By Joseph McCabe (University of Toronto, Canada)
There are four main options for accommodation for exchange students in Toronto: University Halls, Private students’ residence, student co-op housing, and Private renting. I opted to go for a private residence on the edge of campus, which was perfect for me, but I will talk about that later. I will give some general advice first; then, I will go through each of these (there will be a sentence overview after each one if you don’t want to read the whole thing) and finish with what I would advise to make sorting accommodation as stress-free as possible.
Prices. Accommodation in Toronto is expensive. The current average market rent for a 1-bedroom apartment is $1,446 a month (April 2022). This also takes into consideration the whole of Toronto, but campus is in the downtown so if you want a place close to St. George Campus expect to pay a pretty penny. Having said that there are some options for students to get a deal that, whilst it will not be Manchester prices, won’t make you feel like you’re spending two student loans on rent. The first option here, is not one of these but I threw it in for the interest value.
I would not recommend even entertaining the idea of going to these. As always, price is the first consideration and UofT halls fail miserably on this one. ‘Full year’ prices start at $11,016 and can go up to $21,567, which is just extortionate for 8 months’ rent – who wants to pay $2696 a month? The cheaper rents are also likely to be shared rooms too, so not only is it above market rates, but you will also have to share the bedroom you’re paying for.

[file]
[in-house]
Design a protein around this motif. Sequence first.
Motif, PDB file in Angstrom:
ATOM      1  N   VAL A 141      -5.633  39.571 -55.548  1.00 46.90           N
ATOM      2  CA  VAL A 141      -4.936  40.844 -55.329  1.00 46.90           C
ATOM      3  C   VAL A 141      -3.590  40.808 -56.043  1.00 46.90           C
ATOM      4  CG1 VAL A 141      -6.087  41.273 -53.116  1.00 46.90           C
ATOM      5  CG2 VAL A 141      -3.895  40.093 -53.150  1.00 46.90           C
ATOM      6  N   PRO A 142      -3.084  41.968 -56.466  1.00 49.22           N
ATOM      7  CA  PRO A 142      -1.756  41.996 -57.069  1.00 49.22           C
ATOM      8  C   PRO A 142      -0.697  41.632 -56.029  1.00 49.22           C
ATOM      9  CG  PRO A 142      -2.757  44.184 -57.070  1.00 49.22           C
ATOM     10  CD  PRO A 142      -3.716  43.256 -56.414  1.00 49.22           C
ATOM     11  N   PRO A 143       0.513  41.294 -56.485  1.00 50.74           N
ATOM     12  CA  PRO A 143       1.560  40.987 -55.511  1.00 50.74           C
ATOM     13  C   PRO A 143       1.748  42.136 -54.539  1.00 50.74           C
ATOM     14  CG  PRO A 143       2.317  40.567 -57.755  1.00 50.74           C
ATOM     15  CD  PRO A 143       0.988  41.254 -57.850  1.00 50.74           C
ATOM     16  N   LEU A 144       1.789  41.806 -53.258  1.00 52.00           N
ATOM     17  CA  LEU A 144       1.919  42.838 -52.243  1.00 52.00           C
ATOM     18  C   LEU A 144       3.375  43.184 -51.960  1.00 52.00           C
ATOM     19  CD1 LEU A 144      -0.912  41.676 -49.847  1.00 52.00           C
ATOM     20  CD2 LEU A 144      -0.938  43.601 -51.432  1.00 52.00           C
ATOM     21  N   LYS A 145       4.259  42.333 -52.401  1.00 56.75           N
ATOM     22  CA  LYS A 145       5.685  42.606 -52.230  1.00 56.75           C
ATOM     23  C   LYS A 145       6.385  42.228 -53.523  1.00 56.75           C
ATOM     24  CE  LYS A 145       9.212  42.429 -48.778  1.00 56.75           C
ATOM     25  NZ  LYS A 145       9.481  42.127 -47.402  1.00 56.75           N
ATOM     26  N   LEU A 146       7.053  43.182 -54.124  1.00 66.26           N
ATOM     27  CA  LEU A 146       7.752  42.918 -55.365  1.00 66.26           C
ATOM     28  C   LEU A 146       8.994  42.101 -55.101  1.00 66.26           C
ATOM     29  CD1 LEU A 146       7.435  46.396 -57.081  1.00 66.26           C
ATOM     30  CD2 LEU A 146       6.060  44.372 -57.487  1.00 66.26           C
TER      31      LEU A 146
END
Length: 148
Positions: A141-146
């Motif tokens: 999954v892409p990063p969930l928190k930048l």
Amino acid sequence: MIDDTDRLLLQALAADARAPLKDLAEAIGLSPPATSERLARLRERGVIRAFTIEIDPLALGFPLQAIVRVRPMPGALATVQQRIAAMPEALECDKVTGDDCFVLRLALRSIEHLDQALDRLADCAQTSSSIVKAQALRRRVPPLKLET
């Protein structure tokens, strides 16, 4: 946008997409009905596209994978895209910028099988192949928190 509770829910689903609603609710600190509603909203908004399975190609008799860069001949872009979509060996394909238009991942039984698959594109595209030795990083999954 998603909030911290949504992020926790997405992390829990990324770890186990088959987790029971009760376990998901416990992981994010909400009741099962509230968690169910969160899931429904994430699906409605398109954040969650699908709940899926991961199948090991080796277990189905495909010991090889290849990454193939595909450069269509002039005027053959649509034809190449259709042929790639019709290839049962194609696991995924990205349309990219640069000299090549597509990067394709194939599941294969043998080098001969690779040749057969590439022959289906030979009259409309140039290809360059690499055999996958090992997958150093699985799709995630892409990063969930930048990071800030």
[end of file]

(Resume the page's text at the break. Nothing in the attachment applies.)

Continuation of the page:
On top of this, the majority of the students in these halls are first years who, in Canada, are a year younger than first years in Manchester because many come when they are 17. A 20/21-year-old living with a 17-year-old may feel a bit weird. If you think university halls are the life of the party, you would also be mistaken. The first year in UofT is made quite stressful because a certain portion of the students will be kicked out at the end of the year, so they tend to be slightly more studious than their Manchester counterparts.
However, there are some benefits to university halls living so if I have not put you off already and you are still keen, you can look forward to a few benefits. Firstly, the actual buildings are often castle-like in architecture. It really would feel like living in Hogwarts. Whilst there are a few newer builds that are less impressive, nothing is as architecturally bad as Oak House or Owens Park so you will be safe from the PTSD of our first year accommodations. If you really still want this, I recommend trying to get into St. Michaels, Victoria or Trinity colleges – but don’t say I didn’t warn you.
Here’s the website to compare them: https://studentlife.utoronto.ca/task/compare-u-of-t-residences/
Overall for university residences: Paying extortionate prices to live with stressed out children in castles.
Private Students’ Residence
This is the option I went with as it took all the stress out of dealing with landlords and worrying about bill paying. A good website to get you started with looking at different ones is here: https://offcampushousing.utoronto.ca . With all the options on there it can be overwhelming so here’s a list of a few that I know others have gone to before.
Tartu College: (My one!)
Price: 1. Cheapest